Cocoa suppliers in Solomon Islands have all but conceded that price levels in 2011, when the price hit USD$3826 per ton, is no longer possible.
“Those were good times, price was high, so there was a steady local supply of the beans, it was a good time to be in the cocoa business,” said Harold, a local cocoa supplier who has since left the business.
“Prices changed a lot, up and down, making it hard to predict when to buy and when to sell, was just not easy to operate my business.”
But are better times just around the corner, again? Andy Hecht, author of the weekly Hecht Commodity Report, seems to think so.
Mr Hecht, a sought-after commodity and futures trader, believes there will be a spike in the price for cocoa soon.
“It is possible that the price could rise to challenge 2011 levels and move to north of the $4000 per ton level.
“The supply side of the fundamental equation for cocoa beans is always the primary driver of the price each year. Cocoa beans only thrive in areas of the world that are close to the equator. Tropical weather conditions best suit the cocoa crops.”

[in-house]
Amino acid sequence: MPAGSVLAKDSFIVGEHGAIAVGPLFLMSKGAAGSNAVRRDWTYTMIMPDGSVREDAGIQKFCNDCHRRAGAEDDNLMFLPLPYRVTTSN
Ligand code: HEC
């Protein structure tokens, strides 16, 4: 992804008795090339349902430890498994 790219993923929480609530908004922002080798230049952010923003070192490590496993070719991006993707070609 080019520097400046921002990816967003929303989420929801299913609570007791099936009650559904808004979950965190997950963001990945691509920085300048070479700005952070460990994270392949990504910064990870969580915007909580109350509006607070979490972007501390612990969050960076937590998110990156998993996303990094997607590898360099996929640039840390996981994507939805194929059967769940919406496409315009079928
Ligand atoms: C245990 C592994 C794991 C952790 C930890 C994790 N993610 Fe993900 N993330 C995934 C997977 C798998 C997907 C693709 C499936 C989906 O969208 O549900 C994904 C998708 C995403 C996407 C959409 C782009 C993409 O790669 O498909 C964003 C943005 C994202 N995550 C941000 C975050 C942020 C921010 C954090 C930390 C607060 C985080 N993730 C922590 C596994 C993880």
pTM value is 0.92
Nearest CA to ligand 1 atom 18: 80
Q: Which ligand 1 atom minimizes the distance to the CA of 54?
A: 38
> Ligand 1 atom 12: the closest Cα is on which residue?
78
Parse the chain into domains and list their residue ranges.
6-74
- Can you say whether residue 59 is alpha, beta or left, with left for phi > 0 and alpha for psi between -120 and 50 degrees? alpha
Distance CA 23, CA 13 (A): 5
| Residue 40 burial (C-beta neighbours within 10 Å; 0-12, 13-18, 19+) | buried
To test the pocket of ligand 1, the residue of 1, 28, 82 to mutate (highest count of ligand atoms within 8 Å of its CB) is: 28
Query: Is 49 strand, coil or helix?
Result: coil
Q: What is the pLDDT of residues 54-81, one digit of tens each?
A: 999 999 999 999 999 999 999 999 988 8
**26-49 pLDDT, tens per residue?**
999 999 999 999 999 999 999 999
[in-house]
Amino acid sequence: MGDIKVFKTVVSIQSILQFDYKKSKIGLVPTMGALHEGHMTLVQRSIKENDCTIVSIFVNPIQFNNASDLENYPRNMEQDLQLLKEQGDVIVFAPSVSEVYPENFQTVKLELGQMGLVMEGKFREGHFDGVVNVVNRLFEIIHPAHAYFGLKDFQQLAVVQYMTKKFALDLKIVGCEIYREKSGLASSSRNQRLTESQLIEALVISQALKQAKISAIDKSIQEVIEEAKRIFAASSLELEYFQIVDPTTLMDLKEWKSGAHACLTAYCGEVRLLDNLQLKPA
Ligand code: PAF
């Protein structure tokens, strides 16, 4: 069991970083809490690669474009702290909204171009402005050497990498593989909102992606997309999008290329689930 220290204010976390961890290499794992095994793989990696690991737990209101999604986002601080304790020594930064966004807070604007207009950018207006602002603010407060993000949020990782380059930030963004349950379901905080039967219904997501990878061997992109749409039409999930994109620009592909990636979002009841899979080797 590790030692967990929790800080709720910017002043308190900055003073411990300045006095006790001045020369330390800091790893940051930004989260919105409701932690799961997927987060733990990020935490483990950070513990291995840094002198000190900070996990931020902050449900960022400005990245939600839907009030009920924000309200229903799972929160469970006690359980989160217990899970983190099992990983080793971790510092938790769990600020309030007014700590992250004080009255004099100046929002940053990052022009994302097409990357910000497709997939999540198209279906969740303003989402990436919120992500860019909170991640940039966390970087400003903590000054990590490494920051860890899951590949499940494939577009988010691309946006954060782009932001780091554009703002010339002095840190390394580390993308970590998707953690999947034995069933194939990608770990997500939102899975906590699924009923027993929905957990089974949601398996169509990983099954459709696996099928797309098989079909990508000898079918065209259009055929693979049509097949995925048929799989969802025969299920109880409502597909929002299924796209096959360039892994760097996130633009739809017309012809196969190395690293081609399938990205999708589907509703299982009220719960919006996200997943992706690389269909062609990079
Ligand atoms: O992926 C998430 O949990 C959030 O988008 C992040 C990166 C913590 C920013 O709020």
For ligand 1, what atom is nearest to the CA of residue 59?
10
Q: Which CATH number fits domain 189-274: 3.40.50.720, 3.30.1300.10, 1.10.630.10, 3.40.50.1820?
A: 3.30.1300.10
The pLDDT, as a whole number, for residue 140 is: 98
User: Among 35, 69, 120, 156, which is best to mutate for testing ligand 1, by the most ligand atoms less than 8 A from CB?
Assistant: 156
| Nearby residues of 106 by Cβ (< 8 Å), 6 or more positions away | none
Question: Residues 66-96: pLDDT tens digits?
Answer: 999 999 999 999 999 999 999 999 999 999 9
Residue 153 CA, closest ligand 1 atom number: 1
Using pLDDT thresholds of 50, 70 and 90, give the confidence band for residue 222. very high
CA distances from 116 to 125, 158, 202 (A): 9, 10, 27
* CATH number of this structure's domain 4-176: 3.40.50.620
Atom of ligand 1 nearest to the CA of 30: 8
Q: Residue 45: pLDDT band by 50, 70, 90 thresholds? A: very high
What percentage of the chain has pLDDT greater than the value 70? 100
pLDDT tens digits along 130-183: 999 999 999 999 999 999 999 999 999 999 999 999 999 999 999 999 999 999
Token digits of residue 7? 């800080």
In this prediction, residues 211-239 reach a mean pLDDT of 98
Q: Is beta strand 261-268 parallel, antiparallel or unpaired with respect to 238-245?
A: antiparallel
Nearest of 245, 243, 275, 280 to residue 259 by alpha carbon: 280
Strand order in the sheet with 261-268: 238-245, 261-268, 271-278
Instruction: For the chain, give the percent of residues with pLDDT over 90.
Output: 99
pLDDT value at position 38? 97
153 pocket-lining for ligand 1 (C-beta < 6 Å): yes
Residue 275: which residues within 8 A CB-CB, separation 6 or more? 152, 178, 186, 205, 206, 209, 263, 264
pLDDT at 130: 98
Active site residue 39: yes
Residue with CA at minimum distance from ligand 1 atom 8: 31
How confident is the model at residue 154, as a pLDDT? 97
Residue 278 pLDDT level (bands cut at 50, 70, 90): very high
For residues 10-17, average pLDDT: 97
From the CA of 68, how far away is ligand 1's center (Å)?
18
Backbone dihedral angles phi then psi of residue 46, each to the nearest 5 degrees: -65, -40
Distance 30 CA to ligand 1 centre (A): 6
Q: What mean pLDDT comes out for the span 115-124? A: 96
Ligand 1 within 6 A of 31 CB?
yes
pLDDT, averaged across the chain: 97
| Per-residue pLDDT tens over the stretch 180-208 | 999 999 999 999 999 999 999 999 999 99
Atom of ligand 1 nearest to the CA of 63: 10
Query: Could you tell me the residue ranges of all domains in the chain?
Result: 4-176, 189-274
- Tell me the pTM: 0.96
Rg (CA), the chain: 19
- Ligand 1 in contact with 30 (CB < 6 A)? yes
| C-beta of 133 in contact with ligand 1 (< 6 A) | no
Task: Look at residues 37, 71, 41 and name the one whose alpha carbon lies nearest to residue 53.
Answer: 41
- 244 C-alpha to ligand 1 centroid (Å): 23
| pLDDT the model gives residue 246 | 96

Mr Hecht says that the weather and the outbreak of crop diseases in producing nations each year is the most significant factor when it comes to crop yields.
“With over 60% of the world's annual supplies coming from the West African region, the Ivory Coast and Ghana are the heart of the supply equation for the cocoa market.
“But there is a problem in Ghana when it comes to supplies for this year. An outbreak of the swollen shoot virus will likely reduce the output from 900,000 to 800,000 tons this year.
“So, we have a situation where there is low supply but rising demand, which is a potent combination that could push the price of cocoa futures significantly higher.”
He says that if the outbreak of disease continues to spread and lowers output or spreads to the neighboring Ivory Coast, it could push the cocoa market into a deficit which could have an explosive impact on the price of the beans – potentially north of USD$4,000 per ton.